Created in 2003 at the initiative of the Pays de la Baie du Mont-Saint-Michel sustainable development association, today the "Village Patrimoine", or Heritage Village, label constitutes a new tourism asset for numerous rural communities in the Hauts-de-France region. Its purpose is to highlight the historical, artistic, remembrance, landscape and human heritage of villages which are often located close to towns that attract high visitor numbers.
The ravages of the First World War left a profound mark on Bullecourt. The village forget very close links with the Australian nation, which suffered heavy losses. Completely obliterated by the end of this conflict, and classified as a "red zone" due to the trememdous number of shells that had rained down on its devastated landscape, it would not have seemed possible that the village could be rebuilt. It succeeded in rising from the ashes thanks to the exploitation of its fertile land and its development of crafts and commerce. The architecture of Bullecourt retains some remarkable traces of this period of the "Reconstruction": its Artois farms, its characteristically fronted town hall and its church with its sandstone bell-tower porch.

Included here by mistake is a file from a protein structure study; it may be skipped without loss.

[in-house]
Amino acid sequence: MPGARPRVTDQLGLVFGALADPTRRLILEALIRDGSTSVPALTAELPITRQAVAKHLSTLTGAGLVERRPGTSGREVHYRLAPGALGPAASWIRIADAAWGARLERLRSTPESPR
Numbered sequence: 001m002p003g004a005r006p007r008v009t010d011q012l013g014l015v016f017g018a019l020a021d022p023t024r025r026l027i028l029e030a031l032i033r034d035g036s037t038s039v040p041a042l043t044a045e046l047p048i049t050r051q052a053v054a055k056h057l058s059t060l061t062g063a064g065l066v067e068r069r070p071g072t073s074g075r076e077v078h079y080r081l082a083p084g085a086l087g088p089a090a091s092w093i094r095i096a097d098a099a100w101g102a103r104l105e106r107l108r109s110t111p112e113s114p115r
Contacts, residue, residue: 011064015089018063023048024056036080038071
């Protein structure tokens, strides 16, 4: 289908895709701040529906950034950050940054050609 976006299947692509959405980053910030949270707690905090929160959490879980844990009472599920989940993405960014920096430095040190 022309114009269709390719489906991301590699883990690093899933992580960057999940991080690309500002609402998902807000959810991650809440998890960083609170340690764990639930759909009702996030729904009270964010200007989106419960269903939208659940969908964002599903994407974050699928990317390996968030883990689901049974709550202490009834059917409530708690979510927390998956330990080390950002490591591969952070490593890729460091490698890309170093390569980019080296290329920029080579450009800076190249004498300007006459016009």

Born of a merger between Vaulx and Vraucourt, sealed on 24 May 1821 by the royal command of Louis XVIII, this deeply rural and european village suffered terrible devastation in the First World War. Sadly, many vestiges of its past were buried in those dark years.
Vaulx-Vraucourt has the distinction of having two churches, both reconstructed after the Great War. One identically: the Church of Saint-Martin, was built at the initiative of the Longueval family, who profoundly marked the history of the municipality. The effigies of Jean III de Longueval and his wife Jeanne de Rosimbos can still be admired in the church. The second, the Church of Saint-Omer is considered a jewel of Art Deco style.